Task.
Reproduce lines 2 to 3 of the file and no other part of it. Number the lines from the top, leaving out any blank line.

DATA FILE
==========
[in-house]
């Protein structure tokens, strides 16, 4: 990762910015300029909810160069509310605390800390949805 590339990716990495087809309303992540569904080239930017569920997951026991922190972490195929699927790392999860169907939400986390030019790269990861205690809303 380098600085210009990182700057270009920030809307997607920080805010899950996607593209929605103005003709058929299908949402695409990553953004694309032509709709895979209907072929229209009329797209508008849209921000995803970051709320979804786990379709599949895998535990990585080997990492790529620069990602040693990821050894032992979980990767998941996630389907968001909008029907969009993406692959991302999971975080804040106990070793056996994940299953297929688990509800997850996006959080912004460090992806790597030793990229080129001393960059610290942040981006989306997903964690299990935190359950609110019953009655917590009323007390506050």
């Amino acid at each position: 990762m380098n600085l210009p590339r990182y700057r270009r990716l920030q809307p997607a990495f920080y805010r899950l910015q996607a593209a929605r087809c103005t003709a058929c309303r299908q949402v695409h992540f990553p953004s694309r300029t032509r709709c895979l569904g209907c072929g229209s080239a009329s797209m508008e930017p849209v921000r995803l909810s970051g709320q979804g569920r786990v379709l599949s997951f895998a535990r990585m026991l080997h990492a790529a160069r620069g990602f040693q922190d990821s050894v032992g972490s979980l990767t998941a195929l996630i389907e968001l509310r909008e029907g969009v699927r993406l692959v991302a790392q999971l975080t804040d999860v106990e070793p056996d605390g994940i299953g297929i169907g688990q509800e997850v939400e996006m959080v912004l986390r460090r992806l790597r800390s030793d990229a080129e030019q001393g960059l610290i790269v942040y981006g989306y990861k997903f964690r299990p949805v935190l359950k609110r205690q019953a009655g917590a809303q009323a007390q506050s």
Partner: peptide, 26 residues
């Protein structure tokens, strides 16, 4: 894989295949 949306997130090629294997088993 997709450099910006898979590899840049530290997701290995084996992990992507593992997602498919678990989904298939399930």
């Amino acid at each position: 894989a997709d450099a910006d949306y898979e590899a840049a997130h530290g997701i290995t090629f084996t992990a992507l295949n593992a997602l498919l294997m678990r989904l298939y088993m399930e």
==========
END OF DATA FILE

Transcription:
């Protein structure tokens, strides 16, 4: 990762910015300029909810160069509310605390800390949805 590339990716990495087809309303992540569904080239930017569920997951026991922190972490195929699927790392999860169907939400986390030019790269990861205690809303 380098600085210009990182700057270009920030809307997607920080805010899950996607593209929605103005003709058929299908949402695409990553953004694309032509709709895979209907072929229209009329797209508008849209921000995803970051709320979804786990379709599949895998535990990585080997990492790529620069990602040693990821050894032992979980990767998941996630389907968001909008029907969009993406692959991302999971975080804040106990070793056996994940299953297929688990509800997850996006959080912004460090992806790597030793990229080129001393960059610290942040981006989306997903964690299990935190359950609110019953009655917590009323007390506050």
């Amino acid at each position: 990762m380098n600085l210009p590339r990182y700057r270009r990716l920030q809307p997607a990495f920080y805010r899950l910015q996607a593209a929605r087809c103005t003709a058929c309303r299908q949402v695409h992540f990553p953004s694309r300029t032509r709709c895979l569904g209907c072929g229209s080239a009329s797209m508008e930017p849209v921000r995803l909810s970051g709320q979804g569920r786990v379709l599949s997951f895998a535990r990585m026991l080997h990492a790529a160069r620069g990602f040693q922190d990821s050894v032992g972490s979980l990767t998941a195929l996630i389907e968001l509310r909008e029907g969009v699927r993406l692959v991302a790392q999971l975080t804040d999860v106990e070793p056996d605390g994940i299953g297929i169907g688990q509800e997850v939400e996006m959080v912004l986390r460090r992806l790597r800390s030793d990229a080129e030019q001393g960059l610290i790269v942040y981006g989306y990861k997903f964690r299990p949805v935190l359950k609110r205690q019953a009655g917590a809303q009323a007390q506050s």